Fall and Winter Speaking Engagements: New York, DC, Columbus, & San Diego
Matthew C. Nisbet, Ph.D. is Associate Professor of Communication Studies, Public Policy, and Urban Affairs at Northeastern University. Nisbet studies the role of communication and advocacy in policymaking and public affairs, focusing on debates over over climate change, energy, and sustainability. Among awards and recognition, Nisbet has been a Visiting Shorenstein Fellow on Press, Politics, and Public Policy at Harvard University's Kennedy School of Government, a Health Policy Investigator at the Robert Wood Johnson Foundation, and a Google Science Communication Fellow. In 2011, the editors at the journal Nature recommended Nisbet's research as “essential reading for anyone with a passing interest in the climate change debate,” and the New Republic highlighted his work as a “fascinating dissection of the shortcomings of climate activism."
On Thursday, Dec. 4, I will be speaking at the New York Academy of Sciences, located on the 40th floor of World Trade Center #7.
It's a busy academic year, with several upcoming speaking engagements. Below are the dates and venues that are scheduled. I hope to see and meet blog readers at these events!
02.10.09 American Museum of Natural History
Panel on communicating about climate change.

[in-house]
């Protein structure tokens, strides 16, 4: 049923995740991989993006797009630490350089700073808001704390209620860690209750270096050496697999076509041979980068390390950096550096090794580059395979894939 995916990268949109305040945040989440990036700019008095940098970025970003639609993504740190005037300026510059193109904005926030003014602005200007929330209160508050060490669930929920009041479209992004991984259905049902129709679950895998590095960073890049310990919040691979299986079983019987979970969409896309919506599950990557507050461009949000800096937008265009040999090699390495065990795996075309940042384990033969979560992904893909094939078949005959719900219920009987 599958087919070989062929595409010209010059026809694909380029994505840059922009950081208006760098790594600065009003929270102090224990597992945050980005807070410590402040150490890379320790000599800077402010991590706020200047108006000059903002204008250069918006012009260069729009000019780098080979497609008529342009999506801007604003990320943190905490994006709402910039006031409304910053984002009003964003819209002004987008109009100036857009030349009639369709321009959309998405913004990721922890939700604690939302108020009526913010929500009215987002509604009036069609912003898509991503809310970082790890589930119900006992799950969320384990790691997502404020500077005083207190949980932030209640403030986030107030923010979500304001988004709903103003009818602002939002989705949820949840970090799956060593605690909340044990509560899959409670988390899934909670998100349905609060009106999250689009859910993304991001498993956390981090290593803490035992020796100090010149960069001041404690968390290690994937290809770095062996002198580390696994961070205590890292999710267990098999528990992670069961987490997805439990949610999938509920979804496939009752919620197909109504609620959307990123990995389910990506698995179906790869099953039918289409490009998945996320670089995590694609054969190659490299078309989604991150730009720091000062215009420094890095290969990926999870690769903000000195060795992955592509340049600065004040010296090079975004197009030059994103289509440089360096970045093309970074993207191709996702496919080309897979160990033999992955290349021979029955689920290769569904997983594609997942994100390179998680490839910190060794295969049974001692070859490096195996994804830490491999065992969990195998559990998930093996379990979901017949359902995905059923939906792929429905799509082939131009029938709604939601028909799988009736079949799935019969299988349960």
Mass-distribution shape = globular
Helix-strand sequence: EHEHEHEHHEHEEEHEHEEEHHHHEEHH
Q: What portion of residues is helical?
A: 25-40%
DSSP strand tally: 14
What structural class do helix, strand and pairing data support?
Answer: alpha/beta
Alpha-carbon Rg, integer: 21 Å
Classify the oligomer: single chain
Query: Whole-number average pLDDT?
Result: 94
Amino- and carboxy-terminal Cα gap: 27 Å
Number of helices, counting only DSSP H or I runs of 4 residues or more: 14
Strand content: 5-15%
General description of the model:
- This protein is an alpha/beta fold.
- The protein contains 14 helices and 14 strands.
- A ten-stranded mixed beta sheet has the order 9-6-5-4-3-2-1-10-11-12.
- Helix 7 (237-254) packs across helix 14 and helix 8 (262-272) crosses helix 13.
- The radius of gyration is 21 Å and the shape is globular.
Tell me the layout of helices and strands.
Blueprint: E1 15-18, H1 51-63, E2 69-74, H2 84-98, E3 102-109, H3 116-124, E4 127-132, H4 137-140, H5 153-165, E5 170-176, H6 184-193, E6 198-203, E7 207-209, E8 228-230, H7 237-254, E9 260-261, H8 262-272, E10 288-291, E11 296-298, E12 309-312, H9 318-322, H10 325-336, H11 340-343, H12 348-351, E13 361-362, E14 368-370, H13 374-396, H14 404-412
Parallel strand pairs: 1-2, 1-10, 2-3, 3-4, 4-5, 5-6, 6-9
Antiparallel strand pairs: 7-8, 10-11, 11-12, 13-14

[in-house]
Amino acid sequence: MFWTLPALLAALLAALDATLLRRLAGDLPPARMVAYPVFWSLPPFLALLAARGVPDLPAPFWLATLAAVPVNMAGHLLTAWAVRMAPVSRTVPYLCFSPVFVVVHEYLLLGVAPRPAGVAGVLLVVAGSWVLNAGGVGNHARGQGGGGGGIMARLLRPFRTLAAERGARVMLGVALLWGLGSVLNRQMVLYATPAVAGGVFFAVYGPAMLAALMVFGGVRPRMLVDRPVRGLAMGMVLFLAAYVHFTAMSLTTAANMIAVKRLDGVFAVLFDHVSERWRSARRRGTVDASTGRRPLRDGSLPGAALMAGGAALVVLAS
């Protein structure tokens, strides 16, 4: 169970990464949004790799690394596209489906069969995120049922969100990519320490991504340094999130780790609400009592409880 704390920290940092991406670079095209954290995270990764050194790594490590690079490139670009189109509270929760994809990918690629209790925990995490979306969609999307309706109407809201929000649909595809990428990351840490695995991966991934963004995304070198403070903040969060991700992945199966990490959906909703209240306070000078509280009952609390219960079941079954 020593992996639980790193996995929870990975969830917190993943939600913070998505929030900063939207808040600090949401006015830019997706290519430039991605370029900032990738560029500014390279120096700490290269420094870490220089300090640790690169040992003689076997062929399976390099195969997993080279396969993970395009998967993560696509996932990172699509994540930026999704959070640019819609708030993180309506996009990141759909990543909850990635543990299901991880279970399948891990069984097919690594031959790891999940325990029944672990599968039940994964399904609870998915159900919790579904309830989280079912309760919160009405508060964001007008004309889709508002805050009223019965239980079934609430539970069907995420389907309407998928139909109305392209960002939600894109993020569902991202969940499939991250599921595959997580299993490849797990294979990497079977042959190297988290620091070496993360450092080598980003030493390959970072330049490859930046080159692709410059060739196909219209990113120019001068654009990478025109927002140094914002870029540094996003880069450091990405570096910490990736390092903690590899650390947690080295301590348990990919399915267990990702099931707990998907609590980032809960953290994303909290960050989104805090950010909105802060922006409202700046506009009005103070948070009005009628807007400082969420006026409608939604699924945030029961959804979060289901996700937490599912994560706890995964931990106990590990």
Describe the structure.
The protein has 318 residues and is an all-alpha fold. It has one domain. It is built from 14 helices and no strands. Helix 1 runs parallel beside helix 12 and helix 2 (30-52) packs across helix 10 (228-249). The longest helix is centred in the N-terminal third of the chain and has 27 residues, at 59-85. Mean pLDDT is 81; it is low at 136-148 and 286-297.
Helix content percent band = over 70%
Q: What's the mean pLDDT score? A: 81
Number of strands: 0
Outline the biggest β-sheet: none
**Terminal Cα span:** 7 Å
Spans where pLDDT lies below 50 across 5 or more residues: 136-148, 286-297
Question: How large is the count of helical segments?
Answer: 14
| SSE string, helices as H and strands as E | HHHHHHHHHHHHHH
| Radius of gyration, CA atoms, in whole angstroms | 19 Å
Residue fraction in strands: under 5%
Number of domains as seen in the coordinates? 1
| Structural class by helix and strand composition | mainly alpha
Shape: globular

12.04.08 New York Academy of Sciences
Lecture on "Communicating Science in a Changing World"
11.17.08 AAAS Fellows, Washington DC.
Invite only presentation to current and former scientist policy fellows.
10.28.08 American Public Health Association, San Diego.
Panel presentation on media coverage of the public health implications of climate change.
10.12.08 John Glenn Public Policy Institute, OH.
Presentation on media coverage and public opinion about climate change. Part of the McCormack Climate Change conference
10.09.08. Science and Web 2.0, Washington, DC
Day long workshop organized by The Exploratorium and the National Science Foundation. Invitation only.
It's a development that could one day lead to much better treatments for osteoporosis, joint damage, and bone fractures.
- Scientists have isolated skeletal stem cells in adult and fetal bones for the first time.
- These cells could one day help treat damaged bone and cartilage.
- The team was able to grow skeletal stem cells from cells found within liposuctioned fat.
Gut bacteria play an important role in how you feel and think and how well your body fights off disease. New research shows that exercise can give your gut bacteria a boost.
- Two studies from the University of Illinois show that gut bacteria can be changed by exercise alone.
- Our understanding of how gut bacteria impacts our overall health is an emerging field, and this research sheds light on the many different ways exercise affects your body.
- Exercising to improve your gut bacteria will prevent diseases and encourage brain health.
A groundbreaking new study shows that octopuses seemed to exhibit uncharacteristically social behavior when given MDMA, the psychedelic drug commonly known as ecstasy.
- Octopuses, like humans, have genes that seem to code for serotonin transporters.
- Scientists gave MDMA to octopuses to see whether those genes translated into a binding site for serotonin, which regulates emotions and behavior in humans
- Octopuses, which are typically asocial creatures, seem to get friendlier while on MDMA, suggesting humans have more in common with the strange invertebrates than previously thought
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